Aside from possible congestion, the chief problem you will experience along the park bikepath are the park access points crossing the path, where you have to cope with pedestrians and in some places motor vehicles. Possibly the busiest are the block in front of the Winter Garden (across the street from the WTC site) and the area around Pier 40 (i.e., between Houston and Christopher Sts.); the former is of course a popular tourist area and the latter seems to be an incredibly popular spot for people to hang out in the evening, and into the night on weekends. Additionally, there can be vehicular problems at a number of locations, including the Pier 40 parking garage, the Chelsea Piers complex, the ferry dock near 35th St., and the USS Intrepid museum. The area from 35th up to 55th Sts. seems to be especially problematic.
Something else to watch out for at these access points are the brick slowing strips crossing the path. Although these may serve as simple warnings for cyclists, they can be a bit trickier for skaters to cope with.
A few of the piers sticking out into the Hudson River are open to pedestrian access. The asphalt on most of them is often quite messed up and unskateable, but some are okay. The concrete pier leading out to the Holland Tunnel ventilation tower should be okay for a slow scenic roll when it's open.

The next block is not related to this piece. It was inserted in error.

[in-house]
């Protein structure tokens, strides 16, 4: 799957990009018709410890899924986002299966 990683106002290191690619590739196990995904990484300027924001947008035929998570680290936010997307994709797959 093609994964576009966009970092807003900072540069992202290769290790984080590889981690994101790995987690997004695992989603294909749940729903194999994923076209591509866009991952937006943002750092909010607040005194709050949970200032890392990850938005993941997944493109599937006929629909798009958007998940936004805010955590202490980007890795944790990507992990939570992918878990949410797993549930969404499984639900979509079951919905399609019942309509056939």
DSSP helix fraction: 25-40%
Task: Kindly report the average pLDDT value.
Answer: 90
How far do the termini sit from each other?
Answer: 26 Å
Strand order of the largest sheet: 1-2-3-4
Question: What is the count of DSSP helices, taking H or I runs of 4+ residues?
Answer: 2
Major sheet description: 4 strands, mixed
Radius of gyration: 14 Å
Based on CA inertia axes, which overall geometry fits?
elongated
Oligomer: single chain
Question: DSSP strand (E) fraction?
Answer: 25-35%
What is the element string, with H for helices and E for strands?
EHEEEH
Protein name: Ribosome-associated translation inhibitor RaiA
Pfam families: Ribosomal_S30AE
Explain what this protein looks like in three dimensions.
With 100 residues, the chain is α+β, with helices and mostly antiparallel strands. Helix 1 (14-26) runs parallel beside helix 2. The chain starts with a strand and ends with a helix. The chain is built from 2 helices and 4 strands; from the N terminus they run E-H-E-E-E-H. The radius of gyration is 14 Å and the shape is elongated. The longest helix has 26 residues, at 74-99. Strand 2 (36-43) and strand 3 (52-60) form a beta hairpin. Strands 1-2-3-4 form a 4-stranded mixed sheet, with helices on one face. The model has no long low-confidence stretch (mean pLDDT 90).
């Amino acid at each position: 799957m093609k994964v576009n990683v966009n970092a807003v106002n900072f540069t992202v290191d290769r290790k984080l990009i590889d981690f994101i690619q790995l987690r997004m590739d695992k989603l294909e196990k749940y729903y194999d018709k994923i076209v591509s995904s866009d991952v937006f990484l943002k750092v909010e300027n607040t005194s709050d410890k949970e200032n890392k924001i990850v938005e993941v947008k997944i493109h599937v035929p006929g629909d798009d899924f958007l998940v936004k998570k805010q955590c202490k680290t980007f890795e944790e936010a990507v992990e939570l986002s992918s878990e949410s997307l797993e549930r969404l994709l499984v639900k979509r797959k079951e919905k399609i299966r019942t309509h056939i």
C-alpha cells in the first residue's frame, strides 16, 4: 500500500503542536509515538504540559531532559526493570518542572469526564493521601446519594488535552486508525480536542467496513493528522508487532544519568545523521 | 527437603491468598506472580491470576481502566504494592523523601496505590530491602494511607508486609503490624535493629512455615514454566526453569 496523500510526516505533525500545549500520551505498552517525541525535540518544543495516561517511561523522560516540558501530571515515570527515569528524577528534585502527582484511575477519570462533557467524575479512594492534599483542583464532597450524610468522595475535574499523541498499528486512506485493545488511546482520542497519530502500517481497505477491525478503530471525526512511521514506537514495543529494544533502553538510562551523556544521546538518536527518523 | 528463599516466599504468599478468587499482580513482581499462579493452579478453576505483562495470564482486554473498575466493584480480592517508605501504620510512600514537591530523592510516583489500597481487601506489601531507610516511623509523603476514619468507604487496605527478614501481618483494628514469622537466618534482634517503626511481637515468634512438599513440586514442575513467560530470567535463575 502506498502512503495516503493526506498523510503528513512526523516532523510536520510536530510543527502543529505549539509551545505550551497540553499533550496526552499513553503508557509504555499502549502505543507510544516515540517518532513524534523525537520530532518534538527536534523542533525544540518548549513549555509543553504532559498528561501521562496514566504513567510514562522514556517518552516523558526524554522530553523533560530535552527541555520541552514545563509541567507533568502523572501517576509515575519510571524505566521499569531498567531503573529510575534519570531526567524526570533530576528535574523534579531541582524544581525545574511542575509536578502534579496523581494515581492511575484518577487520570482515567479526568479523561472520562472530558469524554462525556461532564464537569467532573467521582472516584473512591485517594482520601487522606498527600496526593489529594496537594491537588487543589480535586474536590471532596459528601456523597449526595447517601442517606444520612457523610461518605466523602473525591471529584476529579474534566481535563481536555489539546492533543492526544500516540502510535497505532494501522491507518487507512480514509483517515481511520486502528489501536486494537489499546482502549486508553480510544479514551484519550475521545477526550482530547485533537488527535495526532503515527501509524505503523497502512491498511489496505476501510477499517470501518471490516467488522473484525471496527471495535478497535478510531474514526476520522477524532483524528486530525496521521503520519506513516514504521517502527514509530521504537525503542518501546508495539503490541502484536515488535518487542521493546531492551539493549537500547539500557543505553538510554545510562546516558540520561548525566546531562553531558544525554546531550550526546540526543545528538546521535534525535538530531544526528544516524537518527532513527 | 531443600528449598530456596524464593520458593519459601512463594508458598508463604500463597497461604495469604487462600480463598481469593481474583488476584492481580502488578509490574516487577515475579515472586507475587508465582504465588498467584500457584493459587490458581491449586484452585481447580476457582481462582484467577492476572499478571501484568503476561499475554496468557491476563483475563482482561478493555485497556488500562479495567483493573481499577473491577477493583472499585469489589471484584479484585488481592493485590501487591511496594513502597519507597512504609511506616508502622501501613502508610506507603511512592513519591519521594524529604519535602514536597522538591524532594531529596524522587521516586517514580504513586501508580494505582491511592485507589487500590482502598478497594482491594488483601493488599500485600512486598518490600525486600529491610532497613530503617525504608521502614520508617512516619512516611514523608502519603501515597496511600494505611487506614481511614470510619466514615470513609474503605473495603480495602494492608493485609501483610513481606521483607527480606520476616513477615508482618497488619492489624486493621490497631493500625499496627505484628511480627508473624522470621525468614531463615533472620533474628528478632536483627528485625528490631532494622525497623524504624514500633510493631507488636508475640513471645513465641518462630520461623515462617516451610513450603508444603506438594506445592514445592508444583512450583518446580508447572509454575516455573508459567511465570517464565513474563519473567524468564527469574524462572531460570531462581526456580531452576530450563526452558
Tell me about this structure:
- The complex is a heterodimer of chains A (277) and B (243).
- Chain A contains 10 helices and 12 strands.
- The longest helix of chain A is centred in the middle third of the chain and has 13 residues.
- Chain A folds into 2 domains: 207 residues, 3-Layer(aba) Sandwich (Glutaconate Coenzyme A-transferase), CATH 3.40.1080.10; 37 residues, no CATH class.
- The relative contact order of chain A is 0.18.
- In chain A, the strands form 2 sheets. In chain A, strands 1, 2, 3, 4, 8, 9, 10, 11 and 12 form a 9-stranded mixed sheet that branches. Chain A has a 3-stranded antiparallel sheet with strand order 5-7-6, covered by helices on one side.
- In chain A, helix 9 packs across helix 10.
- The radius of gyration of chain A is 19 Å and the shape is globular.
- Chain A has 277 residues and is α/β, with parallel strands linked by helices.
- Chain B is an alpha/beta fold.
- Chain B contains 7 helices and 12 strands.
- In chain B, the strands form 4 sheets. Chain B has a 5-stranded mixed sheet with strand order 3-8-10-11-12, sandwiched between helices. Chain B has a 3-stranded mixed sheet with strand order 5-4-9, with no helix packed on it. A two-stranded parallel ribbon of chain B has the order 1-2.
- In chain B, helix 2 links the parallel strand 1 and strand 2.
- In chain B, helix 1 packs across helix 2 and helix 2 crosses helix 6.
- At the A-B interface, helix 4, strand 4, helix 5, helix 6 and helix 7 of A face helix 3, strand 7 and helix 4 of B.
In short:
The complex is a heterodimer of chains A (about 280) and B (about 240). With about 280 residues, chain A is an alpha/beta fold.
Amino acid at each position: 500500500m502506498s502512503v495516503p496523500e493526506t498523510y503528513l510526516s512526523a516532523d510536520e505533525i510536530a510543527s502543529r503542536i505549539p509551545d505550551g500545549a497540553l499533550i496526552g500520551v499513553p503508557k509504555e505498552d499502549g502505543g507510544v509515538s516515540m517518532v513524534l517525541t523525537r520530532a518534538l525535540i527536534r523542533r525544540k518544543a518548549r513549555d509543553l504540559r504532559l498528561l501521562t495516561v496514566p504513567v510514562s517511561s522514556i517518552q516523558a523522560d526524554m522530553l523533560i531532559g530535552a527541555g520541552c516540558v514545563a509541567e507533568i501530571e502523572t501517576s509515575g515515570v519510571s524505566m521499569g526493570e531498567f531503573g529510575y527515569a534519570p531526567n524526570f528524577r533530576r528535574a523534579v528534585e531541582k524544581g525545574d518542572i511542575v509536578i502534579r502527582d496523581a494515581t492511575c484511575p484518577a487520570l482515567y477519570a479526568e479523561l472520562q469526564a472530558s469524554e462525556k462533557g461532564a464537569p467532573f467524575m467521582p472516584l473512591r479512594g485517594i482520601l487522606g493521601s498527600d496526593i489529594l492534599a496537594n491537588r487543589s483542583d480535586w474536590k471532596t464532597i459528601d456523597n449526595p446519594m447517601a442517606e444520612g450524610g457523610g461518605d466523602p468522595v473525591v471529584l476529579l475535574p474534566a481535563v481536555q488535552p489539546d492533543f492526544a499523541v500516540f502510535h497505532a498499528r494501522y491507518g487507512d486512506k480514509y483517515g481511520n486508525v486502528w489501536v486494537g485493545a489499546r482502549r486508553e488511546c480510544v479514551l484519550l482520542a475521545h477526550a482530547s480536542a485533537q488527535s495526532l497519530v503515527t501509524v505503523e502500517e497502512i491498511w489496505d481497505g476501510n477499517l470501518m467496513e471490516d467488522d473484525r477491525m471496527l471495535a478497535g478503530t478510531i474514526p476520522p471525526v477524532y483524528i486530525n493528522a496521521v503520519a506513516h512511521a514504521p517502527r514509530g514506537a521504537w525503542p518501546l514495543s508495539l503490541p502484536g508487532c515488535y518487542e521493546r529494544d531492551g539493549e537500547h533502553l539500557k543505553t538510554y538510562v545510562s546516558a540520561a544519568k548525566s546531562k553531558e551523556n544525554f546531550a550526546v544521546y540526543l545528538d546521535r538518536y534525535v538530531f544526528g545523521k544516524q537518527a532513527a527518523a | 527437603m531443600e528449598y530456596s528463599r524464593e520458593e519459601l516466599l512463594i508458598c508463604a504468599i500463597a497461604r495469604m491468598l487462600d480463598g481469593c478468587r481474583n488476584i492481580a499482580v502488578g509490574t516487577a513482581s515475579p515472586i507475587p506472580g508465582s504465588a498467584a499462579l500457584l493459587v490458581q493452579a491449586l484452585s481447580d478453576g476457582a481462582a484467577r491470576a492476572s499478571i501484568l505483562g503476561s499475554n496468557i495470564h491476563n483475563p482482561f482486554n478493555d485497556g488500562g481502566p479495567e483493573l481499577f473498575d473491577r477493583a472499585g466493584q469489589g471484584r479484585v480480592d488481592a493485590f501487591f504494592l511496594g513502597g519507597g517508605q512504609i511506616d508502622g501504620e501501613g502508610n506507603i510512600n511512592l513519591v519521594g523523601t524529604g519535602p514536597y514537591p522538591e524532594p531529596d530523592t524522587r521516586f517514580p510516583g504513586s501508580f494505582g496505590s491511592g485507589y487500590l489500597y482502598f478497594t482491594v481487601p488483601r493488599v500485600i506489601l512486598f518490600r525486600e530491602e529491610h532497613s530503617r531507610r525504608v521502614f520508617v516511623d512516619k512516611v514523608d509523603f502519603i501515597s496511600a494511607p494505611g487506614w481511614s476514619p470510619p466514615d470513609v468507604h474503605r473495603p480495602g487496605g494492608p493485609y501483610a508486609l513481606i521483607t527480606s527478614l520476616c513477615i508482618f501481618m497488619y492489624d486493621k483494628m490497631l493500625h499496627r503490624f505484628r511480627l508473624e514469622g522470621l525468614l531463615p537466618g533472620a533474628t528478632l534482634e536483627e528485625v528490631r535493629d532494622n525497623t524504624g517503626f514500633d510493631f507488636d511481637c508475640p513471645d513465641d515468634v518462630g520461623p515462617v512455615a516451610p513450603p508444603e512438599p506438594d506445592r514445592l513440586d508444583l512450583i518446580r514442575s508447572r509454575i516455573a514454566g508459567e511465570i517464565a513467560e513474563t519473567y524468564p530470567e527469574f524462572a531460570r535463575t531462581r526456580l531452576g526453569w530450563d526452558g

Most of the paths in Battery Park are smooth, but the large number of tourists passing through here on the way to the Statue of Liberty or Ellis Island ferries makes skating here during the day a bad idea. It's nicer during the evening.
Battery Park City:
In addition to the ten-block section of the bikepath extending south out of Hudson River Park, Battery Park City also features a riverside promenade which has been a popular venue for recreational skaters. The promenade connects to the main bikepath on the back side of Stuyvesant High School at Chambers St., and its southern end is a moment's roll from Battery Park.
Roughly speaking, the area inside BPC may be divided into three parts, Wagner Park, the central esplanade and Rockefeller Park, with the dividing points being the South Cove and North Cove. But in all three areas, there are signs indicating paths which are off-limits to skaters and cyclists, and rangers do enforce the regulations.